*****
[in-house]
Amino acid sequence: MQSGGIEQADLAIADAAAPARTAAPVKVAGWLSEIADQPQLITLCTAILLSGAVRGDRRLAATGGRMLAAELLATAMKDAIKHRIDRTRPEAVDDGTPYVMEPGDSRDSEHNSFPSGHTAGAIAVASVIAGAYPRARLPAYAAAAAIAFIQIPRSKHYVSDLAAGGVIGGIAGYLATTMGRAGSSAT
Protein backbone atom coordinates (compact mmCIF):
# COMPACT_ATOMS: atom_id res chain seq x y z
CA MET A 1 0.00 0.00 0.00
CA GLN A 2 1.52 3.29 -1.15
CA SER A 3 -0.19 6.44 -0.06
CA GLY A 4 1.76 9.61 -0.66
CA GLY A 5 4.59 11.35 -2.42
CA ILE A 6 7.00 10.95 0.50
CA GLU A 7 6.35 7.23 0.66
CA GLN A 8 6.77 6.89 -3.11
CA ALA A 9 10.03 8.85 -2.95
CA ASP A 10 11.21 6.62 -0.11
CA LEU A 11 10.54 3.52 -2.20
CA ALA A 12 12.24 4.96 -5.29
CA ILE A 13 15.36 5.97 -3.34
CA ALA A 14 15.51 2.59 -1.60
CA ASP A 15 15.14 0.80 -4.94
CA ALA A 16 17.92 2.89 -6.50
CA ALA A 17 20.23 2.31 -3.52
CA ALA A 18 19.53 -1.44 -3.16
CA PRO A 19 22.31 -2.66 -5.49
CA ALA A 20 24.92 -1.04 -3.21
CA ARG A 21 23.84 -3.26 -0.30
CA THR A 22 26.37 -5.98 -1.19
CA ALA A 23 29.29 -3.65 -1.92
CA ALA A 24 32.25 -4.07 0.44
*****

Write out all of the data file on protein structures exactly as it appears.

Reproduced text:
[in-house]
Amino acid sequence: MQSGGIEQADLAIADAAAPARTAAPVKVAGWLSEIADQPQLITLCTAILLSGAVRGDRRLAATGGRMLAAELLATAMKDAIKHRIDRTRPEAVDDGTPYVMEPGDSRDSEHNSFPSGHTAGAIAVASVIAGAYPRARLPAYAAAAAIAFIQIPRSKHYVSDLAAGGVIGGIAGYLATTMGRAGSSAT
Protein backbone atom coordinates (compact mmCIF):
# COMPACT_ATOMS: atom_id res chain seq x y z
CA MET A 1 0.00 0.00 0.00
CA GLN A 2 1.52 3.29 -1.15
CA SER A 3 -0.19 6.44 -0.06
CA GLY A 4 1.76 9.61 -0.66
CA GLY A 5 4.59 11.35 -2.42
CA ILE A 6 7.00 10.95 0.50
CA GLU A 7 6.35 7.23 0.66
CA GLN A 8 6.77 6.89 -3.11
CA ALA A 9 10.03 8.85 -2.95
CA ASP A 10 11.21 6.62 -0.11
CA LEU A 11 10.54 3.52 -2.20
CA ALA A 12 12.24 4.96 -5.29
CA ILE A 13 15.36 5.97 -3.34
CA ALA A 14 15.51 2.59 -1.60
CA ASP A 15 15.14 0.80 -4.94
CA ALA A 16 17.92 2.89 -6.50
CA ALA A 17 20.23 2.31 -3.52
CA ALA A 18 19.53 -1.44 -3.16
CA PRO A 19 22.31 -2.66 -5.49
CA ALA A 20 24.92 -1.04 -3.21
CA ARG A 21 23.84 -3.26 -0.30
CA THR A 22 26.37 -5.98 -1.19
CA ALA A 23 29.29 -3.65 -1.92
CA ALA A 24 32.25 -4.07 0.44